One way to avoid the competition for food at the watering hole is to play the carnivore trait. This species must now consume other species in order to feed itself. A few caveats; a carnivore must be larger in body size than anything it tries to eat, and can no longer eat plant food as it is an obligate carnivore. As soon as a carnivore appears on the board, the evolutionary arms-race begins in earnest! Traits such as burrowing, climbing, hard shells, horns, defensive herding and warning calls become vital to survival. But carnivores can be clever, and apply ambush to species with warning call, or pack-hunting to a species with defensive herding. In everything, there is a certain balance, and quickly, players will find themselves acting out a classic ‘boom and bust population growth cycle’ scenario, where herbivores go extinct due to low food supply at the watering hole and/or high predation pressure, and carnivores soon follow when there are no un-protected species for them to feed upon.
An expansion has been released for the game – it is called Flight – and introduces traits such as flight, camouflage, good eyesight, and others. From an ecologist’s perspective, it fits the original game well both scientifically and thematically. To achieve flight, a higher price must be paid (in terms of cards discarded) to gain the trait card, and unlike other species, an ‘upkeep cost’ must be gathered in food tokens before the species actually eats any food tokens during the round. However, flight also gives access to a cliff-side watering hole that is not accessible to earthbound species. This neatly mirrors the real world where flight is an energetically costly activity that also opens new niches.
The next expansion is just arriving in stores, and I can’t wait to play it! It’s called Climate, and adds traits such as nocturnal, claws, and insectivore. Perhaps more exciting though, are the ‘event cards’ which will trigger things like desertification, cold snaps, heatwaves, volcanic eruptions and meteor strikes. A climate tracker will keep track of whether the planet is in an ice age or a warming period, and certain traits will make your species more or less likely to survive – can you guess which ones might be useful in either scenario? I think it will be enormously fun to play through different climate scenarios and see how traits stack and species interactions evolve. Perhaps this new addition to the game will even cause a new game review in Nature – check out their initial assessment here: http://www.nature.com/nature/journal/v528/n7581/full/528192a.html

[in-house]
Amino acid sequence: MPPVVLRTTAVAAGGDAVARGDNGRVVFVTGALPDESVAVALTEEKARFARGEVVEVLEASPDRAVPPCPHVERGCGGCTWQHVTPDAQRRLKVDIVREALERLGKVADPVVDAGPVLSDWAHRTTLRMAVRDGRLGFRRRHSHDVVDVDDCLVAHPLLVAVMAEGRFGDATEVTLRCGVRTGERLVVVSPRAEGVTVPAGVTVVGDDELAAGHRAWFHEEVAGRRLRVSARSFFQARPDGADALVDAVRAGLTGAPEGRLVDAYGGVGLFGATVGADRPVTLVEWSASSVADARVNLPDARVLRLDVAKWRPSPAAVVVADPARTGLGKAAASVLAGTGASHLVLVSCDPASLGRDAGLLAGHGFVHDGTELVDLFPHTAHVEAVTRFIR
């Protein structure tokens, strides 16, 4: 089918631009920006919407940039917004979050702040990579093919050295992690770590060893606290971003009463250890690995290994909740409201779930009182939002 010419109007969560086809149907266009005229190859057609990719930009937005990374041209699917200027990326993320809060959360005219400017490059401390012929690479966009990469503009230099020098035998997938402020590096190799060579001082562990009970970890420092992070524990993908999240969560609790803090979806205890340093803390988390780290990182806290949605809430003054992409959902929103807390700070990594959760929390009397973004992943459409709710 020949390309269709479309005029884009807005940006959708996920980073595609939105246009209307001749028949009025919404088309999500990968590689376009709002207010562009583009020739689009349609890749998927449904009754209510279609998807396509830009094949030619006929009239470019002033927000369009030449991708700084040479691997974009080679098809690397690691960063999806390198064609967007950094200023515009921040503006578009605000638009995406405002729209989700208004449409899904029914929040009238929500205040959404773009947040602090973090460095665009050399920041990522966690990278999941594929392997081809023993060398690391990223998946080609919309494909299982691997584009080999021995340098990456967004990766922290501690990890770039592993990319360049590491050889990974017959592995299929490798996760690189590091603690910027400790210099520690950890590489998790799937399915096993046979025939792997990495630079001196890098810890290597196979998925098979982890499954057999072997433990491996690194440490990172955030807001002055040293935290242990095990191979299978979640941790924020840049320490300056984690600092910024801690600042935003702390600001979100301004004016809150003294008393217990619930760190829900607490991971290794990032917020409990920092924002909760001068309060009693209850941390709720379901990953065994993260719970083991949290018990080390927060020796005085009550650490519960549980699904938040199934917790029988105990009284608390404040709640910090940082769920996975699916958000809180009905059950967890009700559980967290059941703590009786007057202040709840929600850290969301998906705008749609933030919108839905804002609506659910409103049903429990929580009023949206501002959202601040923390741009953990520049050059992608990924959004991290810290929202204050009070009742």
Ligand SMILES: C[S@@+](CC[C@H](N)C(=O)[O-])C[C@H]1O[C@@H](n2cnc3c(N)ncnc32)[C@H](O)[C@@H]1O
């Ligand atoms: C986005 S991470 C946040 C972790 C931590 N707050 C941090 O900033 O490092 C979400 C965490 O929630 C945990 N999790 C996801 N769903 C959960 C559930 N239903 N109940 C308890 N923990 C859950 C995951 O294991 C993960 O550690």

Games like evolution are useful thought exercises for students and researchers because they promote discussion of adaptive traits, predator-prey cycles, climate, and ecosystem dynamics as related to our own projects. Watching a story unfold in front of you is a great way to truly understand some of the core principles of ecology (and other subjects). This is especially relevant in the GEMM lab where we continuously ask ourselves why our study species act the way they do? How do they find prey, and how are/will they adapt(ing) to our changing climate?